"Many Roma are EU citizens but do not fulfill any of these requirements," said Maroni, whose party is the main ally in parliament of Silvio Berlusconi, the prime minister.
The minister said that the European Commission had denied Italy permission to pursue such a plan in the past but that he would resume lobbying and push for the change at the meeting of EU interior ministers on September 6.
France this week sent dozens of Roma on flights to Romania in a mass repatriation that it says is voluntary. Others said Roma were coerced to leave France and the measure was criticised by the French opposition, the Vatican and the Council of Europe.
Comparing the situation of Roma in Italy to those in France, Maroni said that "the problem is something else: unlike in France, many Roma and Sinti here have Italian citizenship. They have the right to remain here. Nothing can be done."
Maroni's comments were immediately denounced by the political opposition, including the Italy of Values party which said the plan smacked of racism.
"The government is making distorted, discriminatory and racist use of indisputable principles like the right to security and respect of law," Leoluca Orlando, the spokesman for the Italy of Values, said in a statement.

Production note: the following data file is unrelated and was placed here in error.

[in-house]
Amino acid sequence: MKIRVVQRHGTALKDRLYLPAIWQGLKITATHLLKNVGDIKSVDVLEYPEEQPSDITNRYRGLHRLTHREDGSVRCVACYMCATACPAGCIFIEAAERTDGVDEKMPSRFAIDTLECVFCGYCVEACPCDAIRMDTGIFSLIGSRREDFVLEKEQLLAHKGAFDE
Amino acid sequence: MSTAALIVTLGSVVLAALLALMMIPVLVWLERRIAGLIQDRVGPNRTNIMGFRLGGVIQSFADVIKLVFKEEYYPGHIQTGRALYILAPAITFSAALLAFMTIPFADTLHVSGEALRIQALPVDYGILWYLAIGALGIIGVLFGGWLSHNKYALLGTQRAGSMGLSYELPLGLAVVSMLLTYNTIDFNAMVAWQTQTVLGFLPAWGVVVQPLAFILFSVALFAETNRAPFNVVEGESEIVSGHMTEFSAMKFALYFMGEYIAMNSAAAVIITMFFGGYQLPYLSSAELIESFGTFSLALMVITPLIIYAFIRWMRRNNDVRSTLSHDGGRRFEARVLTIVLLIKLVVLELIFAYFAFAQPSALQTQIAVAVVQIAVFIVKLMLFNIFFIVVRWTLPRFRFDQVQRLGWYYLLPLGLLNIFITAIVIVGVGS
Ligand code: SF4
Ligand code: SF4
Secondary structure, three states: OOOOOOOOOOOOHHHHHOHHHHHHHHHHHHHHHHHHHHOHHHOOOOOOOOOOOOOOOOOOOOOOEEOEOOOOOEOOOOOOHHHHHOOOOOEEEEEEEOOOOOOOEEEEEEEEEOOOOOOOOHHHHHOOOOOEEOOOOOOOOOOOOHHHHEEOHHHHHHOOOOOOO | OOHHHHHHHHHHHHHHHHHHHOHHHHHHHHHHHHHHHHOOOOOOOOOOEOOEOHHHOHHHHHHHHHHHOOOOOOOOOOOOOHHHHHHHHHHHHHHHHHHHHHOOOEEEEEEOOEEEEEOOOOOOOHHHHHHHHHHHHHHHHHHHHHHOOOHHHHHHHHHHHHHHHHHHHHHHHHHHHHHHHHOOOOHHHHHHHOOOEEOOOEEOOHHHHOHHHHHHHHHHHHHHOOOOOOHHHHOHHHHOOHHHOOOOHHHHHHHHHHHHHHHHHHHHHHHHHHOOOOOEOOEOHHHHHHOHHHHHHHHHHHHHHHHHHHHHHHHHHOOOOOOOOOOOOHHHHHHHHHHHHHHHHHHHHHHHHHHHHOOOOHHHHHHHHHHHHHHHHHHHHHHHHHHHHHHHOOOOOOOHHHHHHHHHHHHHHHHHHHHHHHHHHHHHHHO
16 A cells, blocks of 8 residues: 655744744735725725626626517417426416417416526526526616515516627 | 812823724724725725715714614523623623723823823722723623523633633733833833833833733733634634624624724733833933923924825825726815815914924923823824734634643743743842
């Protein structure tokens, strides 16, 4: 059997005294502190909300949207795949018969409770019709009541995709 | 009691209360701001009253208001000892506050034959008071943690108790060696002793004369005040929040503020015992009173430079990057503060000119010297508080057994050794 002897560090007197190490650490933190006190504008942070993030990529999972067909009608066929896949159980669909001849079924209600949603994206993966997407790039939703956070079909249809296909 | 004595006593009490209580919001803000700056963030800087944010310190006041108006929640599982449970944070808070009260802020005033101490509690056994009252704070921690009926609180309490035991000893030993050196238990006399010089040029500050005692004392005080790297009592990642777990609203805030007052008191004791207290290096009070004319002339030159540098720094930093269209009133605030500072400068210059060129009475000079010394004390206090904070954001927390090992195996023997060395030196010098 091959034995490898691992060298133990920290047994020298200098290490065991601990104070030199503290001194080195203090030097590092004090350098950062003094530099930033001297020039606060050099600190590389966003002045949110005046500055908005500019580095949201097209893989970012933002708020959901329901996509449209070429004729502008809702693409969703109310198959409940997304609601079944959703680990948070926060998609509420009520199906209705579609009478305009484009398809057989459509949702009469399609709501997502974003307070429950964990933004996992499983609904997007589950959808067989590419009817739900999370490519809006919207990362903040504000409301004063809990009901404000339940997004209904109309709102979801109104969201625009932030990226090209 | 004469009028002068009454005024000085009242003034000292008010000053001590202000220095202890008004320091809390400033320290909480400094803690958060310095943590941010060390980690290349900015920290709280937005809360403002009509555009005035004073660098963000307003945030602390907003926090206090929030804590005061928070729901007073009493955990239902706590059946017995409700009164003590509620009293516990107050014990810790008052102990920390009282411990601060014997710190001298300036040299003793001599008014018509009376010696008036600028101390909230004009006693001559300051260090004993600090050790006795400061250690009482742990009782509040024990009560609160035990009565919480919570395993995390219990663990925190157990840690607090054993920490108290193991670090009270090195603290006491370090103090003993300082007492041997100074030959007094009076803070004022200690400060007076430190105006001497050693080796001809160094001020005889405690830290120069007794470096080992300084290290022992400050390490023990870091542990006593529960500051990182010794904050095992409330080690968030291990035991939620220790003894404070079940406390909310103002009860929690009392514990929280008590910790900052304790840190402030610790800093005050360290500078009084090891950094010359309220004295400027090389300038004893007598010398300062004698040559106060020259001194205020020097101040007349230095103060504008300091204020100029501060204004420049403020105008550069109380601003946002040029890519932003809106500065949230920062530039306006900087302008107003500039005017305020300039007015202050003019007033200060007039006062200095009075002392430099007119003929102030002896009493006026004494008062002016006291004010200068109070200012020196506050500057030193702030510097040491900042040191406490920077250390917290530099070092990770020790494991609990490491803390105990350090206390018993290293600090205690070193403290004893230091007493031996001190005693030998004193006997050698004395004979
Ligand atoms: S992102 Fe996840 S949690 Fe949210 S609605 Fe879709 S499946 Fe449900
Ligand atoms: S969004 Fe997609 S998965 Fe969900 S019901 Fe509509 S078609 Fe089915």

"Faced with a clearly discriminatory attitude towards Roma who are EU citizens, we're forced to talk about a false respect for legality and a degeneration of European rules."
The centre-right government of Prime Minister Silvio Berlusconi has drawn similar accusations from opposition parties and human rights groups with its policies to root out illegal immigration and crime.
"Climate of intolerance"
Many Italians associate the Roma in particular with crime and begging. Last year the European Council's high commissioner for human rights said Roma and Sinti people in Italy were subject to "a persistent climate of intolerance".
In 2008, Berlusconi's government proposed fingerprinting Roma and their children, but partially backed down after coming under a barrage of criticism, saying the policy would apply first to those living in Italy who could not provide identification before being extended to all residents with identity cards.
Last year, forcing children to beg was made a jailable offence, a measure seen as targeting the Roma.
Berlusconi accuses the left of wanting an "invasion of foreigners". Since coming to power his government has made illegal entry and residency a criminal offence and repelled vessels carrying migrants heading towards Italy.
France expelled around 10,000 Roma to Romania and Bulgaria last year, but the flights this week are the first since Sarkozy announced a tough law and order crackdown that explicitly linked crime and immigration.